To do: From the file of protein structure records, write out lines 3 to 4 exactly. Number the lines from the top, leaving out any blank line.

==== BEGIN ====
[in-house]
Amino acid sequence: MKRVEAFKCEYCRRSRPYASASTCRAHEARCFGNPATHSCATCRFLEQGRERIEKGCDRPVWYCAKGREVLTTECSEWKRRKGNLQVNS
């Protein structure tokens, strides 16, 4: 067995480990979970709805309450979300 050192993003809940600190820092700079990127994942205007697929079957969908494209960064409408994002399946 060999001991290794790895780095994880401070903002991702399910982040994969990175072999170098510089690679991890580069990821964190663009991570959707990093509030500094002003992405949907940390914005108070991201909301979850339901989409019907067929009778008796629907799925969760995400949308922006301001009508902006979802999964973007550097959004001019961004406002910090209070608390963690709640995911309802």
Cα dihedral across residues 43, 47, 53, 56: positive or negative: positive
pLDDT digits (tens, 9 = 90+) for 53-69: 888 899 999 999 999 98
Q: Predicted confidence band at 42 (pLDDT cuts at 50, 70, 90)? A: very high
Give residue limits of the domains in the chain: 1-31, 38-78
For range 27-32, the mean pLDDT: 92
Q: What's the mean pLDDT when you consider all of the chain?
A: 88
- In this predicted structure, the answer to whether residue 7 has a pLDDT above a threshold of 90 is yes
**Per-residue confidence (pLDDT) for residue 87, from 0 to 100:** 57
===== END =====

């Protein structure tokens, strides 16, 4: 067995480990979970709805309450979300 050192993003809940600190820092700079990127994942205007697929079957969908494209960064409408994002399946 060999001991290794790895780095994880401070903002991702399910982040994969990175072999170098510089690679991890580069990821964190663009991570959707990093509030500094002003992405949907940390914005108070991201909301979850339901989409019907067929009778008796629907799925969760995400949308922006301001009508902006979802999964973007550097959004001019961004406002910090209070608390963690709640995911309802």
Cα dihedral across residues 43, 47, 53, 56: positive or negative: positive